The word farce was first attested in the English language in a 1390 cookbook, where it was spelled fars and meant "stuffing". Then, by the early sixteenth century, it became a thing in French theatre to insert comic interludes in dramatic plays. This was thought to be a sort of cinematic "stuffing", and eventually those comic interludes took on a life of their own and the word came to refer to any comedic work with crude exaggerations. The word traces to the Old French verb farcir, which meant "to stuff" and was borrowed in the thirteenth century from Latin farcire, also meaning "stuff" or "cram". That, through Proto-Italic farkjo, is eventually derived from the Proto-Indo-European reconstruction brek, meaning "cram together" (also thought by some etymologists to be the source of the word frequent, with the connection being the idea of short intervals being crammed together).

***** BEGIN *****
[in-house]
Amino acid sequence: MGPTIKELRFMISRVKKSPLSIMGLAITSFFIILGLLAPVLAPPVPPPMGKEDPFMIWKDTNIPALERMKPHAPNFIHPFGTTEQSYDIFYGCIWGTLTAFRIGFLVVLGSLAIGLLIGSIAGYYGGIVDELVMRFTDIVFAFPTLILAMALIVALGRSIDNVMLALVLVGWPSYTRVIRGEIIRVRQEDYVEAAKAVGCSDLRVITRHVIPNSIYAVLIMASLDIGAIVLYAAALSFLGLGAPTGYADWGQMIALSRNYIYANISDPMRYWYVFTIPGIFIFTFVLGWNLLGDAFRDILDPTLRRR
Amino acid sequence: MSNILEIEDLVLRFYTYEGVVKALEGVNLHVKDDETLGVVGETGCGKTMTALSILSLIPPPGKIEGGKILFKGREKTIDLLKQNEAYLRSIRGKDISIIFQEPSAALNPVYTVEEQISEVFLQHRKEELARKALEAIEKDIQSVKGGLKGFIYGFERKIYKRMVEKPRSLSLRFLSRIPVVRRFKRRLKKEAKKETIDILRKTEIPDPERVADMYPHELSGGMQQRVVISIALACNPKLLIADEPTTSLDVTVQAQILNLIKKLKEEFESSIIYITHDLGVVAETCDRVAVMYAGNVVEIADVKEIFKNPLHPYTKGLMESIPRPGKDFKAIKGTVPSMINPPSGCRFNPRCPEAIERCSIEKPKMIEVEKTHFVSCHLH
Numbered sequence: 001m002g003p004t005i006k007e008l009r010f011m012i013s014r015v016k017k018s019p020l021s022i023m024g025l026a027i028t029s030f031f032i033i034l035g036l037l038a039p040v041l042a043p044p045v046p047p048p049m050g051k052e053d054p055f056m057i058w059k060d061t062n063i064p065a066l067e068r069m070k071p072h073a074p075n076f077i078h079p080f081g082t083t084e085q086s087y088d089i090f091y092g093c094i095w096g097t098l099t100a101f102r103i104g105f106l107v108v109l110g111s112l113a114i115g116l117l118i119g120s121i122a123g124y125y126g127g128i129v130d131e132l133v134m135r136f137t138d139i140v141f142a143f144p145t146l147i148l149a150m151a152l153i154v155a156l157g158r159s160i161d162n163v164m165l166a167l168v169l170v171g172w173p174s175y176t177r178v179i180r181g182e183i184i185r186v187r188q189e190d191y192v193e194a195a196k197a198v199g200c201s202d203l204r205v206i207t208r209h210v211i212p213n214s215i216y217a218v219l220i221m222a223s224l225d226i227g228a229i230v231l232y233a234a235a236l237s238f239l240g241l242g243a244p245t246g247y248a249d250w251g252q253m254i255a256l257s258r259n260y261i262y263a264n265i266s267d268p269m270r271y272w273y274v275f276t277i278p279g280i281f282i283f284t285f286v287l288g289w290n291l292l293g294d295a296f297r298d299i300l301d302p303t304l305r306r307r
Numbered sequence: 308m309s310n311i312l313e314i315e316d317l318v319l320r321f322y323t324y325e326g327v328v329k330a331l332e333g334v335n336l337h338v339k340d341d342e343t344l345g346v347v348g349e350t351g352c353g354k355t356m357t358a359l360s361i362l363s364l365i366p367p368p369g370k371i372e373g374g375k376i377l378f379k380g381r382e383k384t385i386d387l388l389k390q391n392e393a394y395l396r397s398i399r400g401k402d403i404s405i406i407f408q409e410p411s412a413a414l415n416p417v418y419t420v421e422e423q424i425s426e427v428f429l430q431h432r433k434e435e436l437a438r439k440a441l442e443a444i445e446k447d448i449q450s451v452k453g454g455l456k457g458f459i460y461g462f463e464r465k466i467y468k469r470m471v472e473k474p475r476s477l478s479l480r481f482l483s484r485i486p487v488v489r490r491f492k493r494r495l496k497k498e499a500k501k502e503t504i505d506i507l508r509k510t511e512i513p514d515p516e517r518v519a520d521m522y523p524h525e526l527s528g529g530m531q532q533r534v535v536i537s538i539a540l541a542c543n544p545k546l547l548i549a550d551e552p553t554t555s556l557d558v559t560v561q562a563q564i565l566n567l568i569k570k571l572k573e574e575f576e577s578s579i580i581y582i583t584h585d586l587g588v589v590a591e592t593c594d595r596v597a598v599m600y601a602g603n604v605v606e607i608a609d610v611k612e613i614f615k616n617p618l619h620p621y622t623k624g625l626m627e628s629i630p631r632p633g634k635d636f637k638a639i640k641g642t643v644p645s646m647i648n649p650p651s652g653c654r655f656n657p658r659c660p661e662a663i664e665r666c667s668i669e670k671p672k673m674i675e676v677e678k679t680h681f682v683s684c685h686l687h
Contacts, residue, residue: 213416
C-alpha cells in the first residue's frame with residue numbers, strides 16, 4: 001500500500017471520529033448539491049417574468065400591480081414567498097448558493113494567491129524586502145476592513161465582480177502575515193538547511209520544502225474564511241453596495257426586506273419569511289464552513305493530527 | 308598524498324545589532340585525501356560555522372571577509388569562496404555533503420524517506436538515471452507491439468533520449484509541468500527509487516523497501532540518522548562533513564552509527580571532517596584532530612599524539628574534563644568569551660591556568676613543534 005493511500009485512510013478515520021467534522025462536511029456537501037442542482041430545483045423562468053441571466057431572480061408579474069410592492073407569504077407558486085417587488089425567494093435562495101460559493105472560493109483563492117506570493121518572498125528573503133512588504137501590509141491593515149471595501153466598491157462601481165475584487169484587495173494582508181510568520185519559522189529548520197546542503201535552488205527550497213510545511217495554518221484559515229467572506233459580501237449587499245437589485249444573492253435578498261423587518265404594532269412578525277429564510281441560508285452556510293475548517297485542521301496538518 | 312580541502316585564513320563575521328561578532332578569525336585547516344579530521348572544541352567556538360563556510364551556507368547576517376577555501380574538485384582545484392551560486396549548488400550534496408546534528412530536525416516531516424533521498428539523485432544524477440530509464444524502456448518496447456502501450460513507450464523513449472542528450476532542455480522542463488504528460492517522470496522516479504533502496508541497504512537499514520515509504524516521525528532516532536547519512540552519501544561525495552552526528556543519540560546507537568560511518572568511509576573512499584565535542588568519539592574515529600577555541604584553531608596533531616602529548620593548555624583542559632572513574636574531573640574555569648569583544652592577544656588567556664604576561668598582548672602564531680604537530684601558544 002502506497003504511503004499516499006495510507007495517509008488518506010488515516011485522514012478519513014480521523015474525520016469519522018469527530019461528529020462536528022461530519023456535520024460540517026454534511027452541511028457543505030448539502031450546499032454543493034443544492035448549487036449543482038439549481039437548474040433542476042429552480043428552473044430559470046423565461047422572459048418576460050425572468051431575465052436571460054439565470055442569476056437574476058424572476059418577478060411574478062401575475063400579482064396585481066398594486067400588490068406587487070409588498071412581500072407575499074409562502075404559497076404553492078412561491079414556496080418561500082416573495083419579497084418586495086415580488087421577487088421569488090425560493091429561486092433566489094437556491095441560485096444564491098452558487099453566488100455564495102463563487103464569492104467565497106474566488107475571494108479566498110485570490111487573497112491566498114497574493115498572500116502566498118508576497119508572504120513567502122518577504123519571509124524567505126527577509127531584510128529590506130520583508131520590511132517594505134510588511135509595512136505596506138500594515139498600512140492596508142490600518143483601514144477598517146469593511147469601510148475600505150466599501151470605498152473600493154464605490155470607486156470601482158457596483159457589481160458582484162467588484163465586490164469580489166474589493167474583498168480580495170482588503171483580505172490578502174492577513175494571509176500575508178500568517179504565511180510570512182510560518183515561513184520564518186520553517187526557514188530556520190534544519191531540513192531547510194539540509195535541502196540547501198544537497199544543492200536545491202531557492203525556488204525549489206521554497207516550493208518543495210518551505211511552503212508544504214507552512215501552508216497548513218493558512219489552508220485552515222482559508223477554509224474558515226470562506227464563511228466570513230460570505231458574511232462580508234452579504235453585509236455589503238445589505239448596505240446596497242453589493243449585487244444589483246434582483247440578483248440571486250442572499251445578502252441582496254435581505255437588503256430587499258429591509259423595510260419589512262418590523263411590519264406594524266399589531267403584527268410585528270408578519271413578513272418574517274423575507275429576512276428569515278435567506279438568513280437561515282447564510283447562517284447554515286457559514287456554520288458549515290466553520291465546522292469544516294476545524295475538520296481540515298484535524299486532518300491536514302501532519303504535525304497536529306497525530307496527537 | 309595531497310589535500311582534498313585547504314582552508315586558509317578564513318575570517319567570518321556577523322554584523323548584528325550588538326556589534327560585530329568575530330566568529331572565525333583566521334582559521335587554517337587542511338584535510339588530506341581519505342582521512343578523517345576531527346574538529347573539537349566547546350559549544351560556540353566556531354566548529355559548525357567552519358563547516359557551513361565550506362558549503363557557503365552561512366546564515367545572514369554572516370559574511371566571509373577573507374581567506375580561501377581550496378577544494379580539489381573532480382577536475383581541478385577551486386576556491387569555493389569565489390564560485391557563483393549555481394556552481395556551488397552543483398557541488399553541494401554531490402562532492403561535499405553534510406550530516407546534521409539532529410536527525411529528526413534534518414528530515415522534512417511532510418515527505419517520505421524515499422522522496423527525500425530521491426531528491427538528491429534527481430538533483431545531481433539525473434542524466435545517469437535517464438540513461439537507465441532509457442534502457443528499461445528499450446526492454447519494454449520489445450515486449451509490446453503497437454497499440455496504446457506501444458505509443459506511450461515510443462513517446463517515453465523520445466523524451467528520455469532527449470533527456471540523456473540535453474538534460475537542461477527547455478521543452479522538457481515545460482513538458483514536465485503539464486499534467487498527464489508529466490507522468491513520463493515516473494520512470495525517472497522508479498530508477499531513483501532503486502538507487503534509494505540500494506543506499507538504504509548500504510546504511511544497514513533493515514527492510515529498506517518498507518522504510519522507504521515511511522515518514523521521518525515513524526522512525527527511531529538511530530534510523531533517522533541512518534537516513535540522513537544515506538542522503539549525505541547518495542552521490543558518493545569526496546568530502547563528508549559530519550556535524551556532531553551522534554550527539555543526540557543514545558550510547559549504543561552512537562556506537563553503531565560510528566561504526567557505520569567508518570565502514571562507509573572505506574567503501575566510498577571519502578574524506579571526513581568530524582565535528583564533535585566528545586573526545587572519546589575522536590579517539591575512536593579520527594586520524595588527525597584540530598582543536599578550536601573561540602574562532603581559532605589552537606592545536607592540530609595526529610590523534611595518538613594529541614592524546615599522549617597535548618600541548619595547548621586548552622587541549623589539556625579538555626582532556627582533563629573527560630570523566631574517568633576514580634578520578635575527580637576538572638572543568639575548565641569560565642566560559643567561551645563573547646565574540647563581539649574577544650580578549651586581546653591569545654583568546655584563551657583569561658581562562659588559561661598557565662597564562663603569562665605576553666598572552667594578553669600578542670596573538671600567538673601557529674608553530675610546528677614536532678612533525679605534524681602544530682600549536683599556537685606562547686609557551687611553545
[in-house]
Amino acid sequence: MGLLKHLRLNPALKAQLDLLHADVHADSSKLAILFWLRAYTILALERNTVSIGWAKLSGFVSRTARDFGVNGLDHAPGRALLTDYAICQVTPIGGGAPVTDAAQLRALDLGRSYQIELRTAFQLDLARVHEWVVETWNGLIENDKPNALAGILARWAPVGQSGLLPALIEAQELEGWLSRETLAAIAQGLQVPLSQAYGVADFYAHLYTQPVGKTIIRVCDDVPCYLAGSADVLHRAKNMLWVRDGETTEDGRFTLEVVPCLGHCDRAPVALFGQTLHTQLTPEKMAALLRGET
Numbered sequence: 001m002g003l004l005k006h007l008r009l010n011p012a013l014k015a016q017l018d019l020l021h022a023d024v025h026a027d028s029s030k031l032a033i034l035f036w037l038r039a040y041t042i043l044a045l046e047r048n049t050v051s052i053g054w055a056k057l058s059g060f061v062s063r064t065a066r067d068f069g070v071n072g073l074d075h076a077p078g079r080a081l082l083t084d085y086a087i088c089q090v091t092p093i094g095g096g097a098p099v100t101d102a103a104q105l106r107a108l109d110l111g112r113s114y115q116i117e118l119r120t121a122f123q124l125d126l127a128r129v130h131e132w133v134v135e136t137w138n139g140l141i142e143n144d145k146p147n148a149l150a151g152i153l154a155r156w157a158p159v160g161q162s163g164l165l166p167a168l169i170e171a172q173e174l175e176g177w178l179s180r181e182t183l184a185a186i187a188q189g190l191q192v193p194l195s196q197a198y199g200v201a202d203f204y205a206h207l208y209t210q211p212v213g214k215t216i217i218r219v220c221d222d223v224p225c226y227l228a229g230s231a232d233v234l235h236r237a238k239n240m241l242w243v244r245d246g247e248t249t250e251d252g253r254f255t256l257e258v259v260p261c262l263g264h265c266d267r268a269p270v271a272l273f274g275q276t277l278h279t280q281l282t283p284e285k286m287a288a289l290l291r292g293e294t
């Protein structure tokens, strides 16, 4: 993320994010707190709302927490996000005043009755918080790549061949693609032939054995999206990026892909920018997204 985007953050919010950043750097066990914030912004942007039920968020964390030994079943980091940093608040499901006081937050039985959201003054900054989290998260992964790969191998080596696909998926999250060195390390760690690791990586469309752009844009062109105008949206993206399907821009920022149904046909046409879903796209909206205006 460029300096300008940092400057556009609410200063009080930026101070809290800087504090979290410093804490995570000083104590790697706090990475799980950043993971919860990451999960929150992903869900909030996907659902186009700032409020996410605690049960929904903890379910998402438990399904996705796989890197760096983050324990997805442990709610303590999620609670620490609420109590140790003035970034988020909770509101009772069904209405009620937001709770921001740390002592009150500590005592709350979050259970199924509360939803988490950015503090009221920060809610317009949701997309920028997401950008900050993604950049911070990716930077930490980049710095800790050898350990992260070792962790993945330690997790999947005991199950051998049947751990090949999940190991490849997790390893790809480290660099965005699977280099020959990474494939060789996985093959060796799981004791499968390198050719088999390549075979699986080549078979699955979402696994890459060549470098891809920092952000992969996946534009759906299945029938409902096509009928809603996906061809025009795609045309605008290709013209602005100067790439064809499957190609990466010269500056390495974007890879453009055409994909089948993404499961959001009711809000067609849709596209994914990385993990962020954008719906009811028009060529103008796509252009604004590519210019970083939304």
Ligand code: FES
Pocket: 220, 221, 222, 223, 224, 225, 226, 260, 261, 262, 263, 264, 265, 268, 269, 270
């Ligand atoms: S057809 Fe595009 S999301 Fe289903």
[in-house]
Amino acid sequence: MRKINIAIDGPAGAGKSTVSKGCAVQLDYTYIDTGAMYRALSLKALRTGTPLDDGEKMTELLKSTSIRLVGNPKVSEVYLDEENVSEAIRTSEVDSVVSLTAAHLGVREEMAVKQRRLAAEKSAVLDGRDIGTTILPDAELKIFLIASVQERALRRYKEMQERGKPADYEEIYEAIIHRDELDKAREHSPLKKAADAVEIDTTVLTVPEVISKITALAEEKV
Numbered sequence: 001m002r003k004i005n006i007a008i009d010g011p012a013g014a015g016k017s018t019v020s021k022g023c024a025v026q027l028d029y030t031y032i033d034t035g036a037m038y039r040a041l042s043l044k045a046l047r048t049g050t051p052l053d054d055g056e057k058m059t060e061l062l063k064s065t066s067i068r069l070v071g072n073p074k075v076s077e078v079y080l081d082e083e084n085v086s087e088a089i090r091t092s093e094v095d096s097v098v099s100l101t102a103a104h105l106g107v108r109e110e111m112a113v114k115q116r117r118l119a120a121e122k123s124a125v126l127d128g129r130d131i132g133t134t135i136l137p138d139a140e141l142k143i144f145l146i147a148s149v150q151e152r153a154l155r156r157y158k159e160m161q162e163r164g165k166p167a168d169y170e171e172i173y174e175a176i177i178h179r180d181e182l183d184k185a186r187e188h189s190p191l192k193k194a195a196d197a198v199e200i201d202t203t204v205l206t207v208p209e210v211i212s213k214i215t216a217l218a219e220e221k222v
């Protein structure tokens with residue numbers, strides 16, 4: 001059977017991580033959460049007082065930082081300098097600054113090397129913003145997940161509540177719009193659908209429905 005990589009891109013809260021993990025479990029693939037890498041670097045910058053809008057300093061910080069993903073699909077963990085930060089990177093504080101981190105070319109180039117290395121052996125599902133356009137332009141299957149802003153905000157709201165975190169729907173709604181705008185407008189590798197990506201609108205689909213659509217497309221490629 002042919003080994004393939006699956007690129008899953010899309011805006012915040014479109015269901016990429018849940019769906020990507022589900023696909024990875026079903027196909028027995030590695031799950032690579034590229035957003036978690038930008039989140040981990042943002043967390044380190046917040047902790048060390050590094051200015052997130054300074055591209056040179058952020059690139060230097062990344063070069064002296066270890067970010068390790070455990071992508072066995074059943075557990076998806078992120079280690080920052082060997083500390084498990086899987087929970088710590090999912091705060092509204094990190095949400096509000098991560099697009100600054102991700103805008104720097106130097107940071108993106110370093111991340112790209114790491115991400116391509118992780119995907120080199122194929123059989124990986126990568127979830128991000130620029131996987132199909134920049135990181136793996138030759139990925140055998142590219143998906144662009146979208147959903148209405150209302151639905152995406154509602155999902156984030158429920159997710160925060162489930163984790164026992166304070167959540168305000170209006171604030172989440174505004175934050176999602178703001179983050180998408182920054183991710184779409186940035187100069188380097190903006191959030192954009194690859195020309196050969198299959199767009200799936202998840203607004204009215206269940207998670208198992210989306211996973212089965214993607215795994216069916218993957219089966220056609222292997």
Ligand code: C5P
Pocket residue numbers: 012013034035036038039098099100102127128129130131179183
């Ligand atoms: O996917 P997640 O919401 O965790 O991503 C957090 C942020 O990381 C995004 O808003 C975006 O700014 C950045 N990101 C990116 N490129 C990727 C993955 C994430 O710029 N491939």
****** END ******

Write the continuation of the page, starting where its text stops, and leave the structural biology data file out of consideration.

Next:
Hello! I'm Adam Aleksic, a senior studying government and linguistics at Harvard University, where I co-founded the Harvard Undergraduate Linguistics Society. In addition to etymology, I also really enjoy trivia, politics, vexillology, geography, board games, conlanging, art history, and law.